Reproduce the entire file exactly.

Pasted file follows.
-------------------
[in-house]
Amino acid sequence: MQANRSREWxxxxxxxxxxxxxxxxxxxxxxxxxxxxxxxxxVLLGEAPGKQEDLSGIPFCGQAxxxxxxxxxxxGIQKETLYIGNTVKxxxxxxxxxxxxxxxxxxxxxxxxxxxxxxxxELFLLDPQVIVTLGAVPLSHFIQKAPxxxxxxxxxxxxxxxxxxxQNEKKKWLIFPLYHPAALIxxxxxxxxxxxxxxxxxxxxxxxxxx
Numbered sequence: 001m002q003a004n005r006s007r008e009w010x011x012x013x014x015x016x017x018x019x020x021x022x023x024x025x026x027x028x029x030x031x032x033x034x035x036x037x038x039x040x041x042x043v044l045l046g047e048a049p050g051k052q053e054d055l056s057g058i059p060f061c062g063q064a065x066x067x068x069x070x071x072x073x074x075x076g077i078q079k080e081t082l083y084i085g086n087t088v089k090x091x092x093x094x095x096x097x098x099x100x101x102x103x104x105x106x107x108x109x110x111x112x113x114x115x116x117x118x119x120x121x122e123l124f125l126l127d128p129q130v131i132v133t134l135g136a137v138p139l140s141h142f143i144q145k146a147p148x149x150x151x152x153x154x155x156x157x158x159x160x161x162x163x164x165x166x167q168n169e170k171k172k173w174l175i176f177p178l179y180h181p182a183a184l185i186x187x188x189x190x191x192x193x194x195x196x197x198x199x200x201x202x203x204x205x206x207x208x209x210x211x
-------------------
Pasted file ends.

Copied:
[in-house]
Amino acid sequence: MQANRSREWxxxxxxxxxxxxxxxxxxxxxxxxxxxxxxxxxVLLGEAPGKQEDLSGIPFCGQAxxxxxxxxxxxGIQKETLYIGNTVKxxxxxxxxxxxxxxxxxxxxxxxxxxxxxxxxELFLLDPQVIVTLGAVPLSHFIQKAPxxxxxxxxxxxxxxxxxxxQNEKKKWLIFPLYHPAALIxxxxxxxxxxxxxxxxxxxxxxxxxx
Numbered sequence: 001m002q003a004n005r006s007r008e009w010x011x012x013x014x015x016x017x018x019x020x021x022x023x024x025x026x027x028x029x030x031x032x033x034x035x036x037x038x039x040x041x042x043v044l045l046g047e048a049p050g051k052q053e054d055l056s057g058i059p060f061c062g063q064a065x066x067x068x069x070x071x072x073x074x075x076g077i078q079k080e081t082l083y084i085g086n087t088v089k090x091x092x093x094x095x096x097x098x099x100x101x102x103x104x105x106x107x108x109x110x111x112x113x114x115x116x117x118x119x120x121x122e123l124f125l126l127d128p129q130v131i132v133t134l135g136a137v138p139l140s141h142f143i144q145k146a147p148x149x150x151x152x153x154x155x156x157x158x159x160x161x162x163x164x165x166x167q168n169e170k171k172k173w174l175i176f177p178l179y180h181p182a183a184l185i186x187x188x189x190x191x192x193x194x195x196x197x198x199x200x201x202x203x204x205x206x207x208x209x210x211x